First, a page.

In the current climate I've been doing a lot of reflecting. Connection is a big challenge right now. Here is a blog I wrote in 2018 living in England and having not seen my loved ones for a year a half.
Everyone knows human connection is powerful. It is one of the only experiences where all your ‘feel good’ neurotransmitters fire. Other experiences like eating cake or going for a run might release one or two comparatively speaking. One of the longest running human studies on happiness spanning about 80 years proved that the major factor in longterm health/happiness is good quality relationships.
So what happens when your travelling around the world solo? You can’t get that big hug from your loved ones after a stressful day. Hell sometimes you can’t even call them to have a cry or a laugh because they’re asleep on a different time zone. It’s why over the last three years I’ve really come to value the intimacy of strangers.
It's a fleeting moment of emotional resonance and meaning. It’s the smile from a cute stranger giving you a bounce in your step or a welcomed interruption to an otherwise monotonous day. It is also the freedom to speak freely without fear of judgement because think of how bold you are when you know you probably ain’t gonna see them again.
I met someone recently who reminded me of a common tragedy in modern society. I learned this lesson at 13years old following the loss of two loved ones within 6 months, one of whom I had a complex relationship with to say the least. I vividly remember sitting at her funeral and realising there was so much I didn’t know about her life both simple facts and beautiful qualities a like. Two things struck me…
For these reasons I’ve always been the one who compliments strangers on their perfume or a cool outfit that makes them look the bomb diggity or simply smile and acknowledge someone on my run. I think this has made me approachable to strangers which whilst an enormous positive also gets me into interesting conversations.
For example the young man with tourette’s I met at a bus stop who kept shouting comments about my boobs and then felt comfortable enough to ask why I had cleavage showing if I didn’t want men to comment on it? But… that’s a story for a different day.
Even having had the above realisation intimacy and vulnerability are terrifying for me and so some of my most beautiful moments in life have occurred from the safety net of strangers.
Sometimes the sheer power behind a simple interaction with a stranger is unimaginable. Like the guy I worked with at 15 who said I saved him from committing suicide just because I was nice enough to enquire about his life. Or the woman who sat next to me at the airport who I gabbed to about positive psychology not knowing she was running out of avenues for her chronic condition. Or the guys who let me work out with them at the park unknowing I needed to exercise away the loss of a friend.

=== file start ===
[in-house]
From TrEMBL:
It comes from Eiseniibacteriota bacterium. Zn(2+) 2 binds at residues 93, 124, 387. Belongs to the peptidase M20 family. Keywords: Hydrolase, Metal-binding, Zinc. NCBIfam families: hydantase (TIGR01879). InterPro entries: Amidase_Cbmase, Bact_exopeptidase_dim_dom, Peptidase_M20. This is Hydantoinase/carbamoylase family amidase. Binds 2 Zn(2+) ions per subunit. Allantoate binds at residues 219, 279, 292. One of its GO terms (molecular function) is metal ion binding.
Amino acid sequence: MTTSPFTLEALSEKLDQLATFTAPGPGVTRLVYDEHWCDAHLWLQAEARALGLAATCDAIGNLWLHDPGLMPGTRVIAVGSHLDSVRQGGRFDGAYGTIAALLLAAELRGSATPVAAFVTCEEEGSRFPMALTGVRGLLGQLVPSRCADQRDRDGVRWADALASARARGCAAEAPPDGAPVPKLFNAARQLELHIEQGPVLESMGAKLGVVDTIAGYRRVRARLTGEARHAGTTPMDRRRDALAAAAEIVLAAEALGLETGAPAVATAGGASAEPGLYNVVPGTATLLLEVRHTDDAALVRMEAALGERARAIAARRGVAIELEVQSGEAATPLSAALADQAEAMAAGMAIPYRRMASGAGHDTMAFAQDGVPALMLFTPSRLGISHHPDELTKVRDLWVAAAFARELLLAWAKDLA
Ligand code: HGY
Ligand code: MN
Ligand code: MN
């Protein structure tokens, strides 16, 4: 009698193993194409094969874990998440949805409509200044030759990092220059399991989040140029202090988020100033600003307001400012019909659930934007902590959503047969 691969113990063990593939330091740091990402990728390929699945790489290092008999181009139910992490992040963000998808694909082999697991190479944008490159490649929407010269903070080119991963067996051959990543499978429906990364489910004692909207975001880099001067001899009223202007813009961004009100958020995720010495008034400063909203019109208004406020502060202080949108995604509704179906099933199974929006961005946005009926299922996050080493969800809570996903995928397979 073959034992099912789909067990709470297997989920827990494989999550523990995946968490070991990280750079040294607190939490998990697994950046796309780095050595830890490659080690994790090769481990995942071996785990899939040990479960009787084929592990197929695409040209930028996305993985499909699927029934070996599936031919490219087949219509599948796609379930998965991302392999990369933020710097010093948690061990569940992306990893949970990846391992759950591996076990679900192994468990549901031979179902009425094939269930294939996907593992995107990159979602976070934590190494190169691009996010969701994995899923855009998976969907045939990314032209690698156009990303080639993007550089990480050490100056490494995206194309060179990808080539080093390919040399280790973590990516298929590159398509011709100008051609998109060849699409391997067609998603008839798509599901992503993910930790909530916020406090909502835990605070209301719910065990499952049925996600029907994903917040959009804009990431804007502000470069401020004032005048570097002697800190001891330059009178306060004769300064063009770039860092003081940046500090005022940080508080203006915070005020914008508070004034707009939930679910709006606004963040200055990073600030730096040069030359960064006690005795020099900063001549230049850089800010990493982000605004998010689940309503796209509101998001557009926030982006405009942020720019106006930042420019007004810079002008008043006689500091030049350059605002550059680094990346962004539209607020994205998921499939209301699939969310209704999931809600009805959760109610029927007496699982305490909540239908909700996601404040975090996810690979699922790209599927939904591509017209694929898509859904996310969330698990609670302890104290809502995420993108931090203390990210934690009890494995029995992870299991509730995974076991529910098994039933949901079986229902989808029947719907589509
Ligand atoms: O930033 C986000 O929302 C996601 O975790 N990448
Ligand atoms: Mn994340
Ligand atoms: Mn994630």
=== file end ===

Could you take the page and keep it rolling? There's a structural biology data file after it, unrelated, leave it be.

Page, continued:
There was a sailing captain I met on a plane who offered me some nuts after hearing my tummy grumbling. We got to talking. His whole life had been dedicated to travelling to the most beautiful places in the nicest boats. To a man married to the sea his travel memories were personal and profound. He revealed an intimate moment with another stranger who gave him a generous gift and I found myself revealing my most secret desire (the one that makes you feel so open and vulnerable it’s almost painful). Instead of rolling his eyes and making me feel like an idiot he gave me examples of just how attainable it is. I think of him sometimes when I’m losing faith that my dream will become a reality.
Not to mention the stranger I met who changed the course of my life. I told him everything, the parts of life and myself that scared me. For someone who had become an expert at putting up walls and keeping people at arms length because this bad ass independent woman was never letting anyone hurt her again revealed the most real, raw and ugly parts of herself. Without the safety net of ‘I’m never going to see that person ever again’ he never would have seen my raw beauty, that which is found in our faults and I would have missed out on an incredible adventure.
I’m told, “You don’t sit still enough to let the right person find you/hold onto you,” Now whilst there is most definitely truth to this I also believe everything happens in the perfect way no matter if it doesn’t seem that way. Maybe I’m meant to have this fleeting intimacy with strangers to flex my vulnerability muscle? Perhaps this is how I’ll continue to collect my tribe and convert strangers into loved ones?
Going home the chances of not seeing someone ever again is certainly less certain but like a stranger I met once said, “It doesn’t matter what location you’re in you can’t not take your new attitude and the lessons learned with you”.
So stranger or not always tell someone how great they are and above all things be kind…
In this crazy time use your exercise hour to smile and greet strangers from the 1.5m distance, share an expression of yourself on social media and flex your vulnerability muscle. When we come out on the other side remember what you missed most about the freedom to connect however you liked with your community and spend everyday making sure you value the F**K out of it! <3
Take this moment to care for yourself. All of us need a little help sometimes! Together we will get through this.
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